Pamukkale, Turkey

Of all of the places I’ve been, Turkey is stands out as one of the more unique destinations. Not only is the culture ancient, but the geological features as well. Cappadocia and fairy chimneys is what most people picture when they think of Turkey’s natural wonders, but I would bet you’ve stumbled upon pictures of Pamukkale and the fantastical looking fairy pools.

One side of the now-empty fairy pools.

Pamukkale translates to “cotton castle” which appropriately describes the white wall that greets you at the entrance. Located near Denizli, this UNESCO site has unfortunately changed drastically from it’s former glory. The top of the hill hosts the sprawling remnants of ancient architecture of Hierapolis, that used the thermal springs for it’s citizens and now hosts tourists from around the world. The terraced “fairy pools” are formed from a sedimentary rock deposited from the hot springs called travertine. While the hot springs still exist, earthquakes have altered the flow of the springs a bit and the fairy pools aren’t typically filled to their full potential. If you are pressed for time, I’d push you to spend more time in Cappadocia or Istanbul.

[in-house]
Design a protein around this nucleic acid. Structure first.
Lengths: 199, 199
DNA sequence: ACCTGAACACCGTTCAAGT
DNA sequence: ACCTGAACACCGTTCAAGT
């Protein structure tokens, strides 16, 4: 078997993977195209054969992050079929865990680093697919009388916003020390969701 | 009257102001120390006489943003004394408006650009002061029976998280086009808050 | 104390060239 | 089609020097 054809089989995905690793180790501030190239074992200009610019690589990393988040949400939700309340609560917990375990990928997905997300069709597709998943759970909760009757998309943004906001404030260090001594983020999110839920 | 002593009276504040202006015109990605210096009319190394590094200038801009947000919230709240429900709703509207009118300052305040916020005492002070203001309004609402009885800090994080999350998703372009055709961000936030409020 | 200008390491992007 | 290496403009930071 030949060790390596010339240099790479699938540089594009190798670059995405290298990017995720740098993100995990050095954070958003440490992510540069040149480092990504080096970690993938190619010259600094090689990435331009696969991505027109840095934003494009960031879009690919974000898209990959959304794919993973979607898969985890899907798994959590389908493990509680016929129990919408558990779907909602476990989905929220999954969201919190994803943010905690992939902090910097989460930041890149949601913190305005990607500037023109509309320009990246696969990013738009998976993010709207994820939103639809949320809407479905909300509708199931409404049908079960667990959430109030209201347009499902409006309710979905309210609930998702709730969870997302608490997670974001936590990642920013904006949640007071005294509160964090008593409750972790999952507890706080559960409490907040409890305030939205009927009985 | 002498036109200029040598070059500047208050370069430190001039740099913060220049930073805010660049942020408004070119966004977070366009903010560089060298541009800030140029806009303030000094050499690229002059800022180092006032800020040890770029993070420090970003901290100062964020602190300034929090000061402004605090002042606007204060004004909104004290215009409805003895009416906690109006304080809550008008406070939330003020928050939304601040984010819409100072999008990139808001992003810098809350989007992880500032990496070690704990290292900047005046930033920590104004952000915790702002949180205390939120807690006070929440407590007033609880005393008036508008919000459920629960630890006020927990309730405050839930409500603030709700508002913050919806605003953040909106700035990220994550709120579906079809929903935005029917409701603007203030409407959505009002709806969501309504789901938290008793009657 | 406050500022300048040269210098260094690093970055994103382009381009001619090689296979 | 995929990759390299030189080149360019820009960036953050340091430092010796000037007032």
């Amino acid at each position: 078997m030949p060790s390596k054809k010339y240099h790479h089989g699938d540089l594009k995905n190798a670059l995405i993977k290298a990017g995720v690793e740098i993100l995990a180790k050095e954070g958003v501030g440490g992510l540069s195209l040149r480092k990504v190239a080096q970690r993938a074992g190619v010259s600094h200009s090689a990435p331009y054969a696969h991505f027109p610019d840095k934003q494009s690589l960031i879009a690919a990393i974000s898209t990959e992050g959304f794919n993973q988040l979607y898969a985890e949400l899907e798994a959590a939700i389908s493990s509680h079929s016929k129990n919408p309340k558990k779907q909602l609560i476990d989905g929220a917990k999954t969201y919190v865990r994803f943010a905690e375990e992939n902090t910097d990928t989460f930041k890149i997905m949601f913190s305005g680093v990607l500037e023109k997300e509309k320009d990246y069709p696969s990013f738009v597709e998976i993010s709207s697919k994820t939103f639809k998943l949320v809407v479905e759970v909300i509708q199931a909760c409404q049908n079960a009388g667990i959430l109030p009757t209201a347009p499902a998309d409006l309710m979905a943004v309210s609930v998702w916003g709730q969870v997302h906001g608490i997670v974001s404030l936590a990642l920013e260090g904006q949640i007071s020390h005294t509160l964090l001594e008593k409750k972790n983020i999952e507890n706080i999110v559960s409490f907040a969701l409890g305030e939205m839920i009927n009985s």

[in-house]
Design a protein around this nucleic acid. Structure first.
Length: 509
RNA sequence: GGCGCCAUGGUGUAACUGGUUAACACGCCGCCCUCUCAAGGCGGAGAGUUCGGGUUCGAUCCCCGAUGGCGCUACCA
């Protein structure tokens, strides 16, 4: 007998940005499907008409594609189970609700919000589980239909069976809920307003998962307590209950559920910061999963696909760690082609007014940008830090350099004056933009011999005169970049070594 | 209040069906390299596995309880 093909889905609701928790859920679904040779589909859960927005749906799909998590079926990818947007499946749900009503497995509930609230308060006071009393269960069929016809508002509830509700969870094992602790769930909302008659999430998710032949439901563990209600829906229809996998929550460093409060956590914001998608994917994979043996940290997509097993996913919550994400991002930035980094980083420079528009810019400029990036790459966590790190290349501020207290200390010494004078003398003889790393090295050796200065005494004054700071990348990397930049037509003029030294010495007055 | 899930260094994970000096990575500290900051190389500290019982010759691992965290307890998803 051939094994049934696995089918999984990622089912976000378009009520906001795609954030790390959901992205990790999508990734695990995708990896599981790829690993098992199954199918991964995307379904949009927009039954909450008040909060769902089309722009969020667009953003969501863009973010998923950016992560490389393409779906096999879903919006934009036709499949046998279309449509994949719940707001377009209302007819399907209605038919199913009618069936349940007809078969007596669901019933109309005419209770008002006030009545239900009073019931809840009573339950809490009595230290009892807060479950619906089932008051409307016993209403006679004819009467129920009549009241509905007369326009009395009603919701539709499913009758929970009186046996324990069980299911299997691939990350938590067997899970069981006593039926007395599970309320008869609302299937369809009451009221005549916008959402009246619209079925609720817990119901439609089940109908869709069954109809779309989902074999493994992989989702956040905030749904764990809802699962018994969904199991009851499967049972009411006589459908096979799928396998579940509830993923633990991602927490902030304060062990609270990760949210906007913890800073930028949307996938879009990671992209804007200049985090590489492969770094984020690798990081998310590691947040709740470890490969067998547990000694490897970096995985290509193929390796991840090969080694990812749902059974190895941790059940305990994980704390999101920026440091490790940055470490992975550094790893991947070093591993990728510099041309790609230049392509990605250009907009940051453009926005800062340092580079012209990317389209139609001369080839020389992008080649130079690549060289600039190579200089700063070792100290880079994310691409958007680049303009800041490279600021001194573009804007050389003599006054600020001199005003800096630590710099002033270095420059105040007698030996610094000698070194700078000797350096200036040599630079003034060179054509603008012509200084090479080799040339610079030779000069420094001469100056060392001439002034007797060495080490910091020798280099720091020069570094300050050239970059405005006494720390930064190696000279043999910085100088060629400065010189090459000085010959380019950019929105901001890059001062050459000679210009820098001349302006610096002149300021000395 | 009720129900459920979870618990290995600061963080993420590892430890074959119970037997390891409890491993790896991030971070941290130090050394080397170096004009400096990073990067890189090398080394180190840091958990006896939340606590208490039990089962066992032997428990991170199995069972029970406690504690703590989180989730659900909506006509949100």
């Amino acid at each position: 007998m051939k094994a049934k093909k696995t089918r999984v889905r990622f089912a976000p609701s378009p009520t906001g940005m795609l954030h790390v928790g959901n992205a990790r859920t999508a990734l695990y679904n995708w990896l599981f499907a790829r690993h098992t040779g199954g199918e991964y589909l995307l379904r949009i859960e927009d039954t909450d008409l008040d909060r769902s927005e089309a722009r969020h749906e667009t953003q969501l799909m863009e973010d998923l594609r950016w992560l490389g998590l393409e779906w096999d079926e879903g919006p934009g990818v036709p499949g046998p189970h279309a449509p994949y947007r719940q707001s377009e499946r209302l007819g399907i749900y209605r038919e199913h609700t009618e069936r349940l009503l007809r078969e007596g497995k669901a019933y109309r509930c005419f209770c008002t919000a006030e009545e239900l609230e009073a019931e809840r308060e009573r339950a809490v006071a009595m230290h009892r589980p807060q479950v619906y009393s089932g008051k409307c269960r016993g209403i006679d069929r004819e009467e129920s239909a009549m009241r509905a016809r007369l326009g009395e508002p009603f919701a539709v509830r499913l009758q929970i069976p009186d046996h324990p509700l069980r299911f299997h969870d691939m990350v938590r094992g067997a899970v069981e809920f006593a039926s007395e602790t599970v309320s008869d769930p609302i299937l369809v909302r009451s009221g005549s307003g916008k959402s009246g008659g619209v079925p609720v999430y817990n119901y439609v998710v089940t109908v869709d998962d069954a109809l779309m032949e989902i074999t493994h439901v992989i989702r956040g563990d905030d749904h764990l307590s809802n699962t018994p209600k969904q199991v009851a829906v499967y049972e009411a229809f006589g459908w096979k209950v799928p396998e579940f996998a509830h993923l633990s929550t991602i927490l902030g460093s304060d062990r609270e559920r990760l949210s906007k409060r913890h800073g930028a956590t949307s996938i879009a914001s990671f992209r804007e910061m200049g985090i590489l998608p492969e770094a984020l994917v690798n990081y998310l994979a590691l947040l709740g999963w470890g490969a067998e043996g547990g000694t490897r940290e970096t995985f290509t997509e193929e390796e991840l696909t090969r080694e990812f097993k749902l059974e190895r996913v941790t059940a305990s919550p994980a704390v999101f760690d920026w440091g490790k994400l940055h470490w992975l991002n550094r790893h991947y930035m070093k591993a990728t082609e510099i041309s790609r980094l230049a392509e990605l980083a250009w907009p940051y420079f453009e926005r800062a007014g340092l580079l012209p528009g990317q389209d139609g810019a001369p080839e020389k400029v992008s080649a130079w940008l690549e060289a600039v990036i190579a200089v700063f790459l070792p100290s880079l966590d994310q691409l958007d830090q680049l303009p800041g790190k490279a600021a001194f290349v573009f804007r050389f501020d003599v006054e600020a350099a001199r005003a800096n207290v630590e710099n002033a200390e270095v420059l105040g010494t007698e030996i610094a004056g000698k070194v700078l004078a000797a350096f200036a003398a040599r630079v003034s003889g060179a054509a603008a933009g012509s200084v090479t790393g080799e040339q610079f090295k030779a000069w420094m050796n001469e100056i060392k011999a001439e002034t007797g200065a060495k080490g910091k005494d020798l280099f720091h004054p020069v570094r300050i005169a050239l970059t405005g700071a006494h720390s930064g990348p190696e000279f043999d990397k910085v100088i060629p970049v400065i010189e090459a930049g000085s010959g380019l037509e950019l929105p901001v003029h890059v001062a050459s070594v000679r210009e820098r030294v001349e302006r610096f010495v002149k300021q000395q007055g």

Cleopatra Hot Springs of Hierapolis

The town itself is centered largely around attracting tourism, so I wouldn’t plan on spending a ton of time visiting the town unless you plan on doing some other adventure-based activities like hang gliding. If you want to experience city life, head back to Denizli and branch out from the Bus station.

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